Distribution of “sample” mahalanobis distances

Let $x_1,\dots,x_n$ be i.i.d. observations from $N_p(0,\Sigma)$. Let $\hat S=\frac1n\sum_{i=1}^n x_ix_i^T$ be the sample covariance of the samples. Recall that the Mahalanobis distance is defined: $d_i(x_i)^2=x_i^T\hat S^{-1}x_i$

A previous question considered the distribution of $d(\bar{x})$.

What can we say about the distribution of $d_i(x_i)$? Has this been studied? If this has been done, a reference would be appreciated. I'm not sure it can be connected to the previous question.

• Hint: Notice that you can choose $\Sigma = I$ without loss of generality. – cardinal Jun 15 '15 at 20:48
• That is not quiet correct. Your definition of the squared MD is a bit off: it should be $(x-\hat{\mu})^\top\hat{S}^{-1}(x-\hat{\mu})$ – user603 Jun 19 '15 at 20:36

if $\{\pmb x_i\}_{i=1}^n$ is your data with $\pmb x_i\underset{\text{i.i.d.}}{\sim}\mathcal{N}_p(\pmb \mu,\pmb \varSigma)$ where $\pmb \mu\in\mathbb{R}^p$ and $\pmb \varSigma\succ0$ and we denote: $$(\mbox{ave}\;\pmb x_i,\mbox{cov}\;\pmb x_i)$$ the usual Gaussian estimates of mean and covariance, then $$d^2(\pmb x_i,\mbox{ave}\;\pmb x_i,\mbox{cov}\;\pmb x_i)=(\pmb x_i-\mbox{ave}\;\pmb x_i)^\top(\mbox{cov}\;\pmb x_i)^{-1}(\pmb x_i-\mbox{ave}\;\pmb x_i)$$

has distribution [0, p113][1, p562]:

$$d^2(\pmb x_i,\mbox{ave}\;\pmb x_i,\mbox{cov}\;\pmb x_i)\sim\frac{(n-1)^2}{n}\mbox{Beta}\left(p/2,(n-p-1)/2\right)$$

•  Gnanadesikan, R. and Kettenring, J.(1972). Robust estimates, residuals, and outlier detection with multiresponse data. Biometrics,28:81--124.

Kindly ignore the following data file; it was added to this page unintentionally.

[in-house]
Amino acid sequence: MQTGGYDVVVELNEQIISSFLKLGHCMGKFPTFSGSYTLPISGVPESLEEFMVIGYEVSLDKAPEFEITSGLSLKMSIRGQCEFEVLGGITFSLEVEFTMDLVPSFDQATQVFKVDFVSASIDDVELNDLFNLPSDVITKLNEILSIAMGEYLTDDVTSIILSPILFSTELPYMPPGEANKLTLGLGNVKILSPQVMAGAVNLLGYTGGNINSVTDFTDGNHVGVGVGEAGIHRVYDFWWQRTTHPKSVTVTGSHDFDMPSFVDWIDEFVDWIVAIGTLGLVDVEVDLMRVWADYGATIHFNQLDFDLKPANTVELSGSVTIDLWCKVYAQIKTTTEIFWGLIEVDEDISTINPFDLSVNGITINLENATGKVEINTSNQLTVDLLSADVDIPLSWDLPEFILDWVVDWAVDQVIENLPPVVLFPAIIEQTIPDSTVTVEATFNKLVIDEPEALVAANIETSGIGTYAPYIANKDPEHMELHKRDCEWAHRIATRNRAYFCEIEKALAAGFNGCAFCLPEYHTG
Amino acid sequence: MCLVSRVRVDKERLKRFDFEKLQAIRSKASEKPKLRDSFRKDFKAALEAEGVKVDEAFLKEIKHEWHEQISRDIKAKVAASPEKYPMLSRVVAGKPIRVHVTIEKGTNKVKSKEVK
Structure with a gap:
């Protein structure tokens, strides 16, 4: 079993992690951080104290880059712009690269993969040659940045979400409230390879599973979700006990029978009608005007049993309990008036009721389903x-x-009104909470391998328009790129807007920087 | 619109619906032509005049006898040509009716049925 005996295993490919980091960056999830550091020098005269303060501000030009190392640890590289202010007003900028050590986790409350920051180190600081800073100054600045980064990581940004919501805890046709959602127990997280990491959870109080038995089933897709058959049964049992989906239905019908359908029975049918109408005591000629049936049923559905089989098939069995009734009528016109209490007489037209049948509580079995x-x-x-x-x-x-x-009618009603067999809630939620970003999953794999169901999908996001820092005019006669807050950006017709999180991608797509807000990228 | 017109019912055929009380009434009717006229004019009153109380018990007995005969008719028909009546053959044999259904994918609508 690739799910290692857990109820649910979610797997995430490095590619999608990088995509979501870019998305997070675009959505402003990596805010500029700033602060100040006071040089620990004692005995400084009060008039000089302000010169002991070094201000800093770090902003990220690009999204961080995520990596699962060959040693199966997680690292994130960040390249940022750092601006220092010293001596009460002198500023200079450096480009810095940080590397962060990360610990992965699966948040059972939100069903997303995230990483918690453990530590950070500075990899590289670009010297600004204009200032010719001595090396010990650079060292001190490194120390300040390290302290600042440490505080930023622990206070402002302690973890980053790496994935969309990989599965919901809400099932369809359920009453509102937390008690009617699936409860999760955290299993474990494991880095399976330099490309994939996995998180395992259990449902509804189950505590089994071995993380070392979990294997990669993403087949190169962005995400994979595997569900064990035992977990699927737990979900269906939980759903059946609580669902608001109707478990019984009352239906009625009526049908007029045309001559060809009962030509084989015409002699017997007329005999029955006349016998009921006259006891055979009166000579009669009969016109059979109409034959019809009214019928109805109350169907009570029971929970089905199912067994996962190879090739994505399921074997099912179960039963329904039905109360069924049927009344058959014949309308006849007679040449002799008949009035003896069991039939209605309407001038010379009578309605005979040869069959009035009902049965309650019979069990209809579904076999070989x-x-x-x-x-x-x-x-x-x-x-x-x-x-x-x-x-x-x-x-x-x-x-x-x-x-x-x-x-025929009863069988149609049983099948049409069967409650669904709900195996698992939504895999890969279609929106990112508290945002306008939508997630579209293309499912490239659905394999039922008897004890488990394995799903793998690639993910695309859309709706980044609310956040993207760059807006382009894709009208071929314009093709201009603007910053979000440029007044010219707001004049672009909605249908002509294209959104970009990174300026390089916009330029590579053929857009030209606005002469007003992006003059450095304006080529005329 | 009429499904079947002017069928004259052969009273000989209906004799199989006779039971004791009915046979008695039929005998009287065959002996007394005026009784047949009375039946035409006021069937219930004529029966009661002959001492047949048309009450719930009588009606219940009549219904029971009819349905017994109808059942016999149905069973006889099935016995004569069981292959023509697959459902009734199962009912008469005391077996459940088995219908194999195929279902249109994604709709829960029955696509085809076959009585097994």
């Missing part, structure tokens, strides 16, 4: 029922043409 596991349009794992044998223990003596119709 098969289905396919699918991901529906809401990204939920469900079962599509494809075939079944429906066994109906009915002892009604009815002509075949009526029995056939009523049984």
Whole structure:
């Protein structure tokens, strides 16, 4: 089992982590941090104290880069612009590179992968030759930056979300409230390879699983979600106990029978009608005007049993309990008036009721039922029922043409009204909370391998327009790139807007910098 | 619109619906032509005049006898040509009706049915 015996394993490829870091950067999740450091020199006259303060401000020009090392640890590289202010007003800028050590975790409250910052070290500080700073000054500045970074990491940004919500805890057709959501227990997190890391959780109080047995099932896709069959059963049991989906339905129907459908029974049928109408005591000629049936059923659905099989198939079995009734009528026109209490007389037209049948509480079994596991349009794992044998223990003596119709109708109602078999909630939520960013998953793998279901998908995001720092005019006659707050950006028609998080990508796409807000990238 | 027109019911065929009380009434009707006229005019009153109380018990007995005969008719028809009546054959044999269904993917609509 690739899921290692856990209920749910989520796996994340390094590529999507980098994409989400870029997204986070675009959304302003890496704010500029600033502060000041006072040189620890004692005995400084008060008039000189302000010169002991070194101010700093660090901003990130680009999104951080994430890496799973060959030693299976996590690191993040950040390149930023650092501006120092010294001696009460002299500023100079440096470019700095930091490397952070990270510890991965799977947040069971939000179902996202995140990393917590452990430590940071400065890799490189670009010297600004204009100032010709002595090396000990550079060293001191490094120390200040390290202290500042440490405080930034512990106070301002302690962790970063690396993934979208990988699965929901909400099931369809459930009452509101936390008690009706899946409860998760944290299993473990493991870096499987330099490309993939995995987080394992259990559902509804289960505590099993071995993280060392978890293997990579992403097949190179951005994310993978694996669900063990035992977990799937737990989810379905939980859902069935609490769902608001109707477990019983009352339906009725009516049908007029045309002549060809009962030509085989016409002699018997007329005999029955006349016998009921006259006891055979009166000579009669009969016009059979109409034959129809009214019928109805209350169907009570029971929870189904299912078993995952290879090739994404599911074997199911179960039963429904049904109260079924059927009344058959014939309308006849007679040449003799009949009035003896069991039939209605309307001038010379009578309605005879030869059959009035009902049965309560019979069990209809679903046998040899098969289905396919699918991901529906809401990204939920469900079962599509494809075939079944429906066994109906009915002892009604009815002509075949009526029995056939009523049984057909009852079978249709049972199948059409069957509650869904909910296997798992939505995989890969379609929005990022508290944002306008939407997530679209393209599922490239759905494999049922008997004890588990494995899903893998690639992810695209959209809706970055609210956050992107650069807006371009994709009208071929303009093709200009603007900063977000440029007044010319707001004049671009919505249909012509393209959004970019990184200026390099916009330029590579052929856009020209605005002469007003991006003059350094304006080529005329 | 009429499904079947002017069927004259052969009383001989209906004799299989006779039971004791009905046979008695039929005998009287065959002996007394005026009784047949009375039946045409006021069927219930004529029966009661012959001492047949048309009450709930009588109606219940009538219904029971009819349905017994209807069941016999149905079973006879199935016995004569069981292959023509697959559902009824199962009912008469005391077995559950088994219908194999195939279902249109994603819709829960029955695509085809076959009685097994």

•  Wilks, S. (1962). Mathematical Statistics. John Wiley.
• @whuber What if we used the farthest neighbor to define the scale, and look at the distribution of the distances to the other samples? – Anony-Mousse Jun 15 '15 at 22:57
• @whuber: good catch, fixed (as per the equation on p113 of the first entry of my reference list) – user603 Jun 16 '15 at 0:17
• I don't understand your distance function, which takes 3 parameters. Can you explain? – Lepidopterist Jun 18 '15 at 22:11
• @Lepidopterist: This is the actual definition of the squared Mahalanobis distance – user603 Jun 19 '15 at 10:04
• How does this relate to the quantity that I wrote (incorrectly) as the Mahalanobis distance? – Lepidopterist Jun 19 '15 at 21:16

If your estimate of $\Sigma$ is not too far off, it is the Euclidean distance of a multivariate standard normal distribution, i.e. $\chi$ distributed.

To understand this, assume your estimate is perfect: $\hat S =\Sigma$. The math then should be straightforward, because you can essentially remove all the variance, and it is the same solution as for $\Sigma=I$.

For small sample sizes $n$, the results can be all over the place. The covariance matrix can be arbitrary bad for small samples - just assume all your sample is the same point, $n$ times (so this could still happen at $n\rightarrow\infty$, except that it is unlikely to happen).